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Can Oil Markets Withstand Recession Fears?

U.S. West Texas Intermediate and international-benchmark Brent crude oil futures are trading nearly flat for the week as fears of recession are leading to increasing worries over future demand. An unexpected build in American Petroleum Institute (API) and U.S. Energy Information Administration (EIA) weekly inventories is also pressuring prices. We’re also feeling the impact of disappointing economic reports in China and Europe on Wednesday.

Limiting the downside risk is better-than-expected U.S. retail sales data and expectations of OPEC production cuts.

Recession Fears

Recession fears were raised earlier in the week after the bond market flashed a troubling signal about the U.S. economy. This increased worries over lower future demand. The fears were triggered when the yield on the benchmark 10-year Treasury note briefly broke below the two year rate, “an odd bond market phenomenon that has been a reliable indicator of economic recessions,” according to CNBC.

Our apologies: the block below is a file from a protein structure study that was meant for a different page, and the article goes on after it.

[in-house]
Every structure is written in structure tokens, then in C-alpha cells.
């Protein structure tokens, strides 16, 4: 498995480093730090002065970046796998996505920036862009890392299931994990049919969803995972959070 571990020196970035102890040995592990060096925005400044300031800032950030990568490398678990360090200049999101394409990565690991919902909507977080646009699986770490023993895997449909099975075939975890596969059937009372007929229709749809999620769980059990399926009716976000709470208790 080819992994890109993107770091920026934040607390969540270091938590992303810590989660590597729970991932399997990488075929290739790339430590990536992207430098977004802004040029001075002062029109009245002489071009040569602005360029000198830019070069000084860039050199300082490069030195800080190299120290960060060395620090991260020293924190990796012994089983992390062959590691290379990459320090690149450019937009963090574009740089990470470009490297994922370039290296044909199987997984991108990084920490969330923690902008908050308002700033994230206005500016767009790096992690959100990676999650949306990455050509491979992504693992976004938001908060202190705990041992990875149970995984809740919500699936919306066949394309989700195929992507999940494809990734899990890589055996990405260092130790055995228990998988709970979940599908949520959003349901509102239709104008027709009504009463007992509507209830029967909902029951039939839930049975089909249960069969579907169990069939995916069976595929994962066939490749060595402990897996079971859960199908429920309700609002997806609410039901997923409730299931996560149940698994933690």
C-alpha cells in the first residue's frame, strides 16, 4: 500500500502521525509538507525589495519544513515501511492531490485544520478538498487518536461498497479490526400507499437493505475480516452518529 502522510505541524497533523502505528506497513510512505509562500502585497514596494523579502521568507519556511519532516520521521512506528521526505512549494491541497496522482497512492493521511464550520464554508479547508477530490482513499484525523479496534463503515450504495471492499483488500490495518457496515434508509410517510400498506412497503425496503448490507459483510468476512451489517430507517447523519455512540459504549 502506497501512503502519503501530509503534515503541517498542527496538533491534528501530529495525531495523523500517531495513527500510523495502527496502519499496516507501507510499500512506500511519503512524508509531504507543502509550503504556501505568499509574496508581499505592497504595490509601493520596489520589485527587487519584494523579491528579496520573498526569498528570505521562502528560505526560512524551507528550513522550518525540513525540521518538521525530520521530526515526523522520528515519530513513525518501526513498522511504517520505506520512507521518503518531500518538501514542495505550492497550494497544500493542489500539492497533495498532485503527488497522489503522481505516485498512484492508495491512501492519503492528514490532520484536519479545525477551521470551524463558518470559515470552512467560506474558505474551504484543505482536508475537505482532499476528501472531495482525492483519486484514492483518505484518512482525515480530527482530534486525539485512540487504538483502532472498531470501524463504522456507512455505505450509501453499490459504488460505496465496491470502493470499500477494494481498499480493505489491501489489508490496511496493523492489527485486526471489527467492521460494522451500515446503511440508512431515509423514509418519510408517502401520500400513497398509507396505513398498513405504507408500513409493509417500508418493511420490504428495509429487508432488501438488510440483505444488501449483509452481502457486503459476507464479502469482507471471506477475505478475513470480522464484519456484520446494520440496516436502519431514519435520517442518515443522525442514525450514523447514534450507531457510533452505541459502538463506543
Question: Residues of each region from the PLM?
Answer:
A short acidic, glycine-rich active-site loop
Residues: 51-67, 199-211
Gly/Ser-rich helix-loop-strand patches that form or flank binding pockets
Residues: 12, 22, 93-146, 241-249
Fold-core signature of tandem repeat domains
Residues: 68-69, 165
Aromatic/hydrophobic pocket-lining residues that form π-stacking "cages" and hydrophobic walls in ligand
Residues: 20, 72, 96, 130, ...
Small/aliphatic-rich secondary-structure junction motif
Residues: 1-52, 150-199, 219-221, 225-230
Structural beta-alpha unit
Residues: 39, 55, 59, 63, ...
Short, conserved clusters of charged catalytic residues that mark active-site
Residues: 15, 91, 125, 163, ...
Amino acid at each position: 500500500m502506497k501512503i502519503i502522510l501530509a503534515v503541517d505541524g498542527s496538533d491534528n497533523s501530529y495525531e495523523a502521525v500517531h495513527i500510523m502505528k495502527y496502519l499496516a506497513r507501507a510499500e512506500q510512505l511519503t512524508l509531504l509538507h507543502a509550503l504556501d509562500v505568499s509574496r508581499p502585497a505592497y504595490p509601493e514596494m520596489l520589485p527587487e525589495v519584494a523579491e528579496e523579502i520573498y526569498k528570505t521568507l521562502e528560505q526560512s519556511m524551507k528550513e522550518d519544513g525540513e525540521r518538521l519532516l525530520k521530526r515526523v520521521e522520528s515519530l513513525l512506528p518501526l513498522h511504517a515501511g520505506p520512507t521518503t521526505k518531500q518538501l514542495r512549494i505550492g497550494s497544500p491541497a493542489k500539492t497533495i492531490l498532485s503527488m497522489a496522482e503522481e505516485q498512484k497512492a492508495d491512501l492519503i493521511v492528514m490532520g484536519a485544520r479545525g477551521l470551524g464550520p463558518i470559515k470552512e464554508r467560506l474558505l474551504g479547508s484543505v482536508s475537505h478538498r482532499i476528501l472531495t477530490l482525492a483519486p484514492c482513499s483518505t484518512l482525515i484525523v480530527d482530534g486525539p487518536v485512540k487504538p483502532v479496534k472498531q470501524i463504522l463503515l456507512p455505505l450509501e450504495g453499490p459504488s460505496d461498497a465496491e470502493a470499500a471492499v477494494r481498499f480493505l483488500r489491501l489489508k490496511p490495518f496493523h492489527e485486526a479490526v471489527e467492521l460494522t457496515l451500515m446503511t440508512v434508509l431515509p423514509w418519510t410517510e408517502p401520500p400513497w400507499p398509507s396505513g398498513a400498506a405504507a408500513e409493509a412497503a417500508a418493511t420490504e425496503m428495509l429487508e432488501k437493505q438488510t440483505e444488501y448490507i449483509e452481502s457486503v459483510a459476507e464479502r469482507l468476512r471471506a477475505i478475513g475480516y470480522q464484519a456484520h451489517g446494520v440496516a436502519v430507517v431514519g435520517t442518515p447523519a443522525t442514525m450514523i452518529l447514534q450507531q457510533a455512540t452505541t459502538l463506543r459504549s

A recession occurred, on average, 22 months after the inversion, Credit Suisse research showed. Nonetheless, investors are bailing out of higher risk assets like crude and seeking shelter in Treasurys and Japanese Yen.

EIA Reports Surprise Inventories Build

On Wednesday, the government reported that U.S. crude stocks grew by 1.6 million barrels the week-ending August 9, compared with analyst expectations for a decrease of 2.8 million barrels, as refineries cut output,…




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